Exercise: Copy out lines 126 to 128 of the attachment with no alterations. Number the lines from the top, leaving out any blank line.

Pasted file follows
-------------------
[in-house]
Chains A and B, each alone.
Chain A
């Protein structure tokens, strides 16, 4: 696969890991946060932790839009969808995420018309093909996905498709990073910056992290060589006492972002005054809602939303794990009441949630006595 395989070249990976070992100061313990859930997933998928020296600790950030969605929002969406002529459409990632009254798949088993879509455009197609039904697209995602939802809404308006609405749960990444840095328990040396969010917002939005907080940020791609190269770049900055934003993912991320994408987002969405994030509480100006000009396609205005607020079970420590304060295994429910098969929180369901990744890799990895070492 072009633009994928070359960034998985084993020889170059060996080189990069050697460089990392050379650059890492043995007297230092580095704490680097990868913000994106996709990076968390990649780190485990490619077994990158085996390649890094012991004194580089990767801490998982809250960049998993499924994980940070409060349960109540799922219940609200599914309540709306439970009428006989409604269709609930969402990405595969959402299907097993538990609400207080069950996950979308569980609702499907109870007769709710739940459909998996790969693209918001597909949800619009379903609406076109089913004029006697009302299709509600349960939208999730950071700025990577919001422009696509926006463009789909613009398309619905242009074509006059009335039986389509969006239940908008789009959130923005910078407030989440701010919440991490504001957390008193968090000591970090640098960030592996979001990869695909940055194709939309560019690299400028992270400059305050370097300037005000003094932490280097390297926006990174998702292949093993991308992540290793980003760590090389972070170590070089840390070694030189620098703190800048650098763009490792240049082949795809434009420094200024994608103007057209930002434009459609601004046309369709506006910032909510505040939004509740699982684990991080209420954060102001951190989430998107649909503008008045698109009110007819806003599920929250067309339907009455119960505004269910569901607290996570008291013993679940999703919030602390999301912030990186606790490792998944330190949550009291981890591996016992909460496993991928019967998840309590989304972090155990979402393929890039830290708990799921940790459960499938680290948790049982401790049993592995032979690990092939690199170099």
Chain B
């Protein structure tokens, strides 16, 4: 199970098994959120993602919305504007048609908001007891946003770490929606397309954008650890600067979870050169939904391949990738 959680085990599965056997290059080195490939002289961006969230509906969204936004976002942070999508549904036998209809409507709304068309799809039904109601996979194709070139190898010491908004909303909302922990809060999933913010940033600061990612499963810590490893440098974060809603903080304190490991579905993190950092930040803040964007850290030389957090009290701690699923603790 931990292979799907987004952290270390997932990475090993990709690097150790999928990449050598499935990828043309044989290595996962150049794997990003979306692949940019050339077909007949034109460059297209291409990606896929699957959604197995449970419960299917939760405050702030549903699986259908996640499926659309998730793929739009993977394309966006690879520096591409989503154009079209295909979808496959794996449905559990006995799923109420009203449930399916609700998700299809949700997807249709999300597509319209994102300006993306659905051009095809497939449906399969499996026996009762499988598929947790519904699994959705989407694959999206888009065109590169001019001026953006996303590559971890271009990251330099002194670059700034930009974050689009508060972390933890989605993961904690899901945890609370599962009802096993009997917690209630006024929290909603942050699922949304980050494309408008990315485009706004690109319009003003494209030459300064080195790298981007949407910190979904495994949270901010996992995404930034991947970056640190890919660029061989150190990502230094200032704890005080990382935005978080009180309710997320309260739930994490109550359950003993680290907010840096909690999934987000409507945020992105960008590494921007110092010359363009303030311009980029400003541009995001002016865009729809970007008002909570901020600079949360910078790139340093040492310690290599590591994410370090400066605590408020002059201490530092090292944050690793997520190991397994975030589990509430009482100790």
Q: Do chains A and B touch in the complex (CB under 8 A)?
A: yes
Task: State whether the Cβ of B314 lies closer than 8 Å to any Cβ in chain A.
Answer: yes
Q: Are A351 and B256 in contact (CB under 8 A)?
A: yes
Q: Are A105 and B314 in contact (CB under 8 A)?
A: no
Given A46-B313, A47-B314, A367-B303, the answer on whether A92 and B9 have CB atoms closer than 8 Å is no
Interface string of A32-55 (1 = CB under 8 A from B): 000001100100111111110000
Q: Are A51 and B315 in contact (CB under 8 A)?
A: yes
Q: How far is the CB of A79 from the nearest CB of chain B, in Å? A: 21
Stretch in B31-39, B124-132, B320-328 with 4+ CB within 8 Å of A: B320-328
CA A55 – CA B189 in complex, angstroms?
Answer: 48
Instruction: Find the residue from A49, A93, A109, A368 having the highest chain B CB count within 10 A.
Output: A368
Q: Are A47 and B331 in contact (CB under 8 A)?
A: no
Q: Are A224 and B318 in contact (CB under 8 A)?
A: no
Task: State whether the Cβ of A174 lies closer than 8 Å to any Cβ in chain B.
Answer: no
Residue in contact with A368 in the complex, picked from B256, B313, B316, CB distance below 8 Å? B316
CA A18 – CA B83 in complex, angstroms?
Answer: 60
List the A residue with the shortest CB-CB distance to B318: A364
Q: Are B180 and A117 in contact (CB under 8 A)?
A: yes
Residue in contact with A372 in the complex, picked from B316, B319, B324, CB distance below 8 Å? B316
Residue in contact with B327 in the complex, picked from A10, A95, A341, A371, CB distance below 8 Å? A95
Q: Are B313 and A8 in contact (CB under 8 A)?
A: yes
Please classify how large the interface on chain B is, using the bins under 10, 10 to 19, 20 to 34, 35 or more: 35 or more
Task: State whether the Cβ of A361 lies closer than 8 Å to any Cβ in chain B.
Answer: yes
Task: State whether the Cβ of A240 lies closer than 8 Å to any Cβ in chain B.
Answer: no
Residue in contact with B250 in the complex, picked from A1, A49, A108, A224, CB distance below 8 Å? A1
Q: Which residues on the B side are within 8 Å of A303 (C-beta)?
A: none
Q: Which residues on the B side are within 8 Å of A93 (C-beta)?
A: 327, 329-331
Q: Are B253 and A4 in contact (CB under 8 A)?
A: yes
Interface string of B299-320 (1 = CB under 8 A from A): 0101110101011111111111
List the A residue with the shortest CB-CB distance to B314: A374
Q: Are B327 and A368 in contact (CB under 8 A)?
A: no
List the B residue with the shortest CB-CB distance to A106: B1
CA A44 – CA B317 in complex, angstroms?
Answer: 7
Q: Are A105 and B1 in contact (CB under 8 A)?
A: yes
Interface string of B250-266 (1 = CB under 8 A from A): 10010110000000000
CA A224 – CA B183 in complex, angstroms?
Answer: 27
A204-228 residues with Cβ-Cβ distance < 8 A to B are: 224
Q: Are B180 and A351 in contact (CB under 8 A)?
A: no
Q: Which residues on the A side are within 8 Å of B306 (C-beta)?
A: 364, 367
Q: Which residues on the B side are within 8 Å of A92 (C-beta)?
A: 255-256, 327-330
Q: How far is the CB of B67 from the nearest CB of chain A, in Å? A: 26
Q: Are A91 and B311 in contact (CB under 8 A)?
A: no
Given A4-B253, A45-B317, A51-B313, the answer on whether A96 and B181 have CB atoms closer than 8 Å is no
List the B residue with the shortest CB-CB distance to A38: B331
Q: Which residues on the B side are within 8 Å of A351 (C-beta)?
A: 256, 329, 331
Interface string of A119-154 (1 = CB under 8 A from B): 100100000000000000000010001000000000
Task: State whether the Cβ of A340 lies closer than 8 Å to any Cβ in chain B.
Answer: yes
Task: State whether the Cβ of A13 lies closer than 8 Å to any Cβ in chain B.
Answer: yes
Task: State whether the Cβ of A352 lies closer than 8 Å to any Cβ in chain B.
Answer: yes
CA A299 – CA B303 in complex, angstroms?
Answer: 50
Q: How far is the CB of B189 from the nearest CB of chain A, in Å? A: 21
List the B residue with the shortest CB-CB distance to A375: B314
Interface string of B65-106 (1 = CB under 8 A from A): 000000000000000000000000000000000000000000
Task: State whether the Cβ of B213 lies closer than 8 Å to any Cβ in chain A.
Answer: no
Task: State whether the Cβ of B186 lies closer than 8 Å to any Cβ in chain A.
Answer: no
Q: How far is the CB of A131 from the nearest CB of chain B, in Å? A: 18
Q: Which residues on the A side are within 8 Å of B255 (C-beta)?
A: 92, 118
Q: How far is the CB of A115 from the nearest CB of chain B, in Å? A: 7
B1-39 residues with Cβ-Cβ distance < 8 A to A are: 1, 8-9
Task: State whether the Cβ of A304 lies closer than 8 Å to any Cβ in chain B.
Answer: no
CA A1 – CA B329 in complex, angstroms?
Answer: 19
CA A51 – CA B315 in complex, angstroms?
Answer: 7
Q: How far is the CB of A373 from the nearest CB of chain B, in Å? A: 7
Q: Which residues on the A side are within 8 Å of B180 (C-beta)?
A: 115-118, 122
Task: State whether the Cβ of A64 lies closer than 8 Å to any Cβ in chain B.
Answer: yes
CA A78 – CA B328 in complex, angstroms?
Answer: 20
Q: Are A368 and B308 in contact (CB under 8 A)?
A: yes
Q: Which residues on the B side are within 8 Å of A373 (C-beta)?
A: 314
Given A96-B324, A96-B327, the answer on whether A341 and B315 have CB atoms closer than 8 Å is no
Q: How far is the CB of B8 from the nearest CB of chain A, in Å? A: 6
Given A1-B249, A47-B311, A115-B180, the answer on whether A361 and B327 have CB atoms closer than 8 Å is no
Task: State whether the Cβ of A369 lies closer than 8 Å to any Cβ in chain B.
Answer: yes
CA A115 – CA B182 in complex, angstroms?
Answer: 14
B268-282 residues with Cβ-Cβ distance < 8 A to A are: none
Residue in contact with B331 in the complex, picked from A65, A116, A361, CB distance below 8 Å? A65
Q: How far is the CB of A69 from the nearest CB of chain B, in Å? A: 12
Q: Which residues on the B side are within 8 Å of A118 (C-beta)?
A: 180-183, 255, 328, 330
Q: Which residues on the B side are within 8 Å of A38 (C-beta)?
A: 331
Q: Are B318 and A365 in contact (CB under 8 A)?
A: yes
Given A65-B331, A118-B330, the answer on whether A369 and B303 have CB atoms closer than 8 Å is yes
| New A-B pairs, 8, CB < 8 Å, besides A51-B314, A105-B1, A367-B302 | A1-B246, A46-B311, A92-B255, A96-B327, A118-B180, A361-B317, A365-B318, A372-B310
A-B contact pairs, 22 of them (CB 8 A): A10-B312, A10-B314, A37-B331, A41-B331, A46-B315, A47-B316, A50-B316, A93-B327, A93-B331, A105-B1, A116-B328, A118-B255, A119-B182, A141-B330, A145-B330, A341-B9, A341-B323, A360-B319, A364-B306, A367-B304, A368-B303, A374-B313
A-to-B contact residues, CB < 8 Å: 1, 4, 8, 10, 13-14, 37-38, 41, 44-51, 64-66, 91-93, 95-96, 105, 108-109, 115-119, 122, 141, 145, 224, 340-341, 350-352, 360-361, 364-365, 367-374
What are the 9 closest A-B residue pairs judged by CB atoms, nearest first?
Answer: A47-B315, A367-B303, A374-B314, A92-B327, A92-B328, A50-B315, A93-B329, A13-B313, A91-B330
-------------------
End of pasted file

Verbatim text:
Q: How far is the CB of A69 from the nearest CB of chain B, in Å? A: 12
Q: Which residues on the B side are within 8 Å of A118 (C-beta)?
A: 180-183, 255, 328, 330